# How can you tell if an argument is valid valid arguments are always sound?

**How can you tell if an argument is valid**?

**Valid arguments are always sound**. The premises lead logically to the conclusion.

**Valid arguments**are never

**sound**.

Besides, how can you tell if an argument is valid?

**Valid**: an **argument is valid if** and only **if** it is necessary that **if** all of the premises are true, then the conclusion is true; **if** all the premises are true, then the conclusion must be true; it is impossible that all the premises are true and the conclusion is false. **Invalid**: an **argument** that is not **valid**.

Also, can an argument be sound but invalid? Otherwise, a deductive **argument** is said to be **invalid**. A deductive **argument** is **sound** if and only if it is both valid, and all of its premises are actually true. Otherwise, a deductive **argument** is unsound. In effect, an **argument** is valid if the truth of the premises logically guarantees the truth of the conclusion.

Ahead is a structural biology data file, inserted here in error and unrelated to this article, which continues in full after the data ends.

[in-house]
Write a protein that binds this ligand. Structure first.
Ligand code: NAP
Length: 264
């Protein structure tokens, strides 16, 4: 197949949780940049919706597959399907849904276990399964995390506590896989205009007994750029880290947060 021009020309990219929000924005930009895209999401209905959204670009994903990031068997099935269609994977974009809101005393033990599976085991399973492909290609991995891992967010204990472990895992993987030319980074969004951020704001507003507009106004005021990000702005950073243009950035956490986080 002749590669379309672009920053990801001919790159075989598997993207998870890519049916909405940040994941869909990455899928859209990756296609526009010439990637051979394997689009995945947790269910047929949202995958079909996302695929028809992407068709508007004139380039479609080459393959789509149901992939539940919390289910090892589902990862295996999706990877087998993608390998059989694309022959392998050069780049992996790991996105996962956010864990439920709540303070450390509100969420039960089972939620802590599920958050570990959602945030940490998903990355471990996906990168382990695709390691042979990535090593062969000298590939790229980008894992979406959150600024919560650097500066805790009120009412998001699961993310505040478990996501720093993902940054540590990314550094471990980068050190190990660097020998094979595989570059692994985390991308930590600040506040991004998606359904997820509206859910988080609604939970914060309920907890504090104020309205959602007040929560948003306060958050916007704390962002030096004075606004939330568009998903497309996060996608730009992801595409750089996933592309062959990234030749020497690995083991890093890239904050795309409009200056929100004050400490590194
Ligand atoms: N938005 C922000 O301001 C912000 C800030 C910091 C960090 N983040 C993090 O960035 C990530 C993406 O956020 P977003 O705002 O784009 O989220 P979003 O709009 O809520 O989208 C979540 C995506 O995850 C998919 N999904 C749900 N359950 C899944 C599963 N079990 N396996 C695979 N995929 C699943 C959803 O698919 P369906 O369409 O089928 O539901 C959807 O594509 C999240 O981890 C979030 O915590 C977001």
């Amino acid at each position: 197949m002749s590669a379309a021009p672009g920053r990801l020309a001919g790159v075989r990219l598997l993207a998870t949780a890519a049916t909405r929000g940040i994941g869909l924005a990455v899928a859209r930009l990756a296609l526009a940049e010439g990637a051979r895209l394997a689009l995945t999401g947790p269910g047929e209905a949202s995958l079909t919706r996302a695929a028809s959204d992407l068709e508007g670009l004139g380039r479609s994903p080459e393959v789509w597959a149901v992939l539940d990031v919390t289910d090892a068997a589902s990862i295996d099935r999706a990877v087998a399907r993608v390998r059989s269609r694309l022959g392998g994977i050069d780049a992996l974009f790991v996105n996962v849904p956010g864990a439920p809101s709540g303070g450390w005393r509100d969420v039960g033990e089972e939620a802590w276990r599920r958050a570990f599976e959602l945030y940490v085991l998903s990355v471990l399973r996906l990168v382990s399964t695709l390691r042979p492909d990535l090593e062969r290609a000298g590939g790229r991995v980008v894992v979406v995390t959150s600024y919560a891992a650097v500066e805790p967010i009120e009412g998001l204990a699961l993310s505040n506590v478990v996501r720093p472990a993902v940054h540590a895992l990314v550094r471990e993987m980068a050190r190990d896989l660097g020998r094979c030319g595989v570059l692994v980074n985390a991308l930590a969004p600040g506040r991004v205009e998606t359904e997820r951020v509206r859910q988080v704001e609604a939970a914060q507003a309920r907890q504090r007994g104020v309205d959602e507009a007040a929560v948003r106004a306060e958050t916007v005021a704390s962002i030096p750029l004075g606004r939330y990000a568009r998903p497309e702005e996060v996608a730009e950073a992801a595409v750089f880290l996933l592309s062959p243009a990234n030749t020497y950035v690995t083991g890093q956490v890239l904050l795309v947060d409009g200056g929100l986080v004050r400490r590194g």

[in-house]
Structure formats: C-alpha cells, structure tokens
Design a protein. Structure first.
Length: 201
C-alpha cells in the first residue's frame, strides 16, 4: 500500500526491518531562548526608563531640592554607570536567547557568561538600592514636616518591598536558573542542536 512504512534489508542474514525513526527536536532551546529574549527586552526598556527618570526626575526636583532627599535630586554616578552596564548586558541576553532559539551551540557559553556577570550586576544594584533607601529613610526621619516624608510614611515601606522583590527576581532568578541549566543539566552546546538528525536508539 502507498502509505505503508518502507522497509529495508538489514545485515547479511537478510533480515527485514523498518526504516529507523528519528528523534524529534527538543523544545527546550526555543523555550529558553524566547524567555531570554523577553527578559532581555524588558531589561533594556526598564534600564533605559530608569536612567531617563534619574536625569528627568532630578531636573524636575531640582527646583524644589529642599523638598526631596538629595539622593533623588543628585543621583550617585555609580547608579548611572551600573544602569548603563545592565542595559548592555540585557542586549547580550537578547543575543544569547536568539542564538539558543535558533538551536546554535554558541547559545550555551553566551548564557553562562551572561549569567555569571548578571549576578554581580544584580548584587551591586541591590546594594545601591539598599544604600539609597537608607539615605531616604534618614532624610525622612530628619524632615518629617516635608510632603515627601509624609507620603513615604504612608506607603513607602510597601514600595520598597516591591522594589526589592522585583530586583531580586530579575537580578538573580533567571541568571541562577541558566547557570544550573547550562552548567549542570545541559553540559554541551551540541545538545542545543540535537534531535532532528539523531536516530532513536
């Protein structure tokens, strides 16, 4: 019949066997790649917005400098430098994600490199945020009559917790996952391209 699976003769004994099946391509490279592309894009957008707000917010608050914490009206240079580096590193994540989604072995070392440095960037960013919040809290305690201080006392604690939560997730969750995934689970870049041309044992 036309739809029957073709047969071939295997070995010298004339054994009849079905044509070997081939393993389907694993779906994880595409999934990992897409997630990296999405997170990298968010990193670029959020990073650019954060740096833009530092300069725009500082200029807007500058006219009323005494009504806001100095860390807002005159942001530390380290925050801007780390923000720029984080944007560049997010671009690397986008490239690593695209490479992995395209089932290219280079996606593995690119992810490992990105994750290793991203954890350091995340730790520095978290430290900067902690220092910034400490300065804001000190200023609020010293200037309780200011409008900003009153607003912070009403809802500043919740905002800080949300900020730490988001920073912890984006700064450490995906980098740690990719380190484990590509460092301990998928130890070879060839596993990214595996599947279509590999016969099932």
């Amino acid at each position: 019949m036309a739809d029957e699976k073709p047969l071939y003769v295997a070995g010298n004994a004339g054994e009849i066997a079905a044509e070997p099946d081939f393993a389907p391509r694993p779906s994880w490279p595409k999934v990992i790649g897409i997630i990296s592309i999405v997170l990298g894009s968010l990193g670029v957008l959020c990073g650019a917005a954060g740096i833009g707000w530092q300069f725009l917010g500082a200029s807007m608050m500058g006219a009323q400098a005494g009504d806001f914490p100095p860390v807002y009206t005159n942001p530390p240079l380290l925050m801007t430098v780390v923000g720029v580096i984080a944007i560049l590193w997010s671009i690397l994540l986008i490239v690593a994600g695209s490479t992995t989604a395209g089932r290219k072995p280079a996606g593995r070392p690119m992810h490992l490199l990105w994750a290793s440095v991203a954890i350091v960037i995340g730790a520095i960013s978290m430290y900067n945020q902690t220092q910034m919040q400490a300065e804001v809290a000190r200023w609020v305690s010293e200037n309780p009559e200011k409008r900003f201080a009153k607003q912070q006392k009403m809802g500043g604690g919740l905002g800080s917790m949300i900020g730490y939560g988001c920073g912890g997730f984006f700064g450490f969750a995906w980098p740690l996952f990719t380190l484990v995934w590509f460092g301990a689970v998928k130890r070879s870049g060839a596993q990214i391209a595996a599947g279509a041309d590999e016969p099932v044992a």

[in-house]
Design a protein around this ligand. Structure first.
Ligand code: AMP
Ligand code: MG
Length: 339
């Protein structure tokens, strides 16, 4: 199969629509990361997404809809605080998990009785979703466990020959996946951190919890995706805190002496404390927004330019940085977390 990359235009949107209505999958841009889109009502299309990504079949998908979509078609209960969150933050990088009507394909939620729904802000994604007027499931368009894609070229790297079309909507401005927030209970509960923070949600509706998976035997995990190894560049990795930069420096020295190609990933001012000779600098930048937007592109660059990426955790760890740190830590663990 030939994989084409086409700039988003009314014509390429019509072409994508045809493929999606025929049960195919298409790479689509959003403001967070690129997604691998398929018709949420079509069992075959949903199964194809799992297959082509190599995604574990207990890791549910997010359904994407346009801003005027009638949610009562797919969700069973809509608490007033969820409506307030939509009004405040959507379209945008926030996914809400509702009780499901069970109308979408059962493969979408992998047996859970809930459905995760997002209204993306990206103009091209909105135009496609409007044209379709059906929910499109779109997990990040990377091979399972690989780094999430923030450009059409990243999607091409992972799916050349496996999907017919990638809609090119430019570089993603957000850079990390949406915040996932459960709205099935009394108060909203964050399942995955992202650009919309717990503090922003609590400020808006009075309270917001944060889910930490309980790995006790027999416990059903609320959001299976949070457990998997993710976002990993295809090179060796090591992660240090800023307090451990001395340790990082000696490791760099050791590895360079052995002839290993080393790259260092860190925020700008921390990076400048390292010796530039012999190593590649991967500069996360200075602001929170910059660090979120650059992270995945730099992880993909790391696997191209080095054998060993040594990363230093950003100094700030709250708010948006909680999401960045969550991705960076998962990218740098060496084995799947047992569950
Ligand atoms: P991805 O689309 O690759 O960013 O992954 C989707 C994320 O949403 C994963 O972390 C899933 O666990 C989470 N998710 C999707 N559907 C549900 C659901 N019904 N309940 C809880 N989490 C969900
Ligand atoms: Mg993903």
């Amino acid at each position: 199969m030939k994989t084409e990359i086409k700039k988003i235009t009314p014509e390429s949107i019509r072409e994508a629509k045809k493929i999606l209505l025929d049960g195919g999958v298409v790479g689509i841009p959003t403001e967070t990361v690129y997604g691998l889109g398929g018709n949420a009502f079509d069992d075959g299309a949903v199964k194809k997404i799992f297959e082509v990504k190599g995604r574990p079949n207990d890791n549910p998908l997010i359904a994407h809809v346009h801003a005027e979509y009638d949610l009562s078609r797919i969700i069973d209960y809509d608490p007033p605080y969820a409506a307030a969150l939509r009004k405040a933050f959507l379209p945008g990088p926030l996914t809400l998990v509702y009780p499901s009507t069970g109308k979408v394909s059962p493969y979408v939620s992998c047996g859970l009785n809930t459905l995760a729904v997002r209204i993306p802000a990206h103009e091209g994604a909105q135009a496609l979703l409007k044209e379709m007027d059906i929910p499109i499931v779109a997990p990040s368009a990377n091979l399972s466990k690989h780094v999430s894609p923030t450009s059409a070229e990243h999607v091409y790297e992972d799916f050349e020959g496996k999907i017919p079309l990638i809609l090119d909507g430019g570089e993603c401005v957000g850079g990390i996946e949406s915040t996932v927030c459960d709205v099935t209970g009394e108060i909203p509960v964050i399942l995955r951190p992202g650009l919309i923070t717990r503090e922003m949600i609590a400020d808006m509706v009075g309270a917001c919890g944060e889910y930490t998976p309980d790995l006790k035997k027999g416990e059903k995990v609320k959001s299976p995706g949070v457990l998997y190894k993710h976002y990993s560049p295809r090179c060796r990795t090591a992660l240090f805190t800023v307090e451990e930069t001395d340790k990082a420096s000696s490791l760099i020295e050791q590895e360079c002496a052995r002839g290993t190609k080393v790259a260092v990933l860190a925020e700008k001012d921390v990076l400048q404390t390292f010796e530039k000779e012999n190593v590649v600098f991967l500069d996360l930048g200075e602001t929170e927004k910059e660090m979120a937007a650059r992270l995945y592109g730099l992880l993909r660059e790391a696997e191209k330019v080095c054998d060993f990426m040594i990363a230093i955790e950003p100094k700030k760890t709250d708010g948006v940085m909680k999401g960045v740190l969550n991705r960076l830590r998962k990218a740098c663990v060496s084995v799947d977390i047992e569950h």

Furthermore, how can you tell if an argument is sound it is valid and has true premises?

A **sound argument** must **have** a **true** conclusion. **TRUE**: **If an argument is sound**, then it is **valid and has** all **true premises**. Since it is **valid**, the **argument** is such **that if** all the **premises** are **true**, then the conclusion must be **true**.

Is every valid argument sound?

All **valid arguments** have all true premises and true conclusions. All **sound arguments** are **valid arguments**. If an **argument** is **valid**, then it must have at least one true premise. **Every valid argument** is a **sound argument**.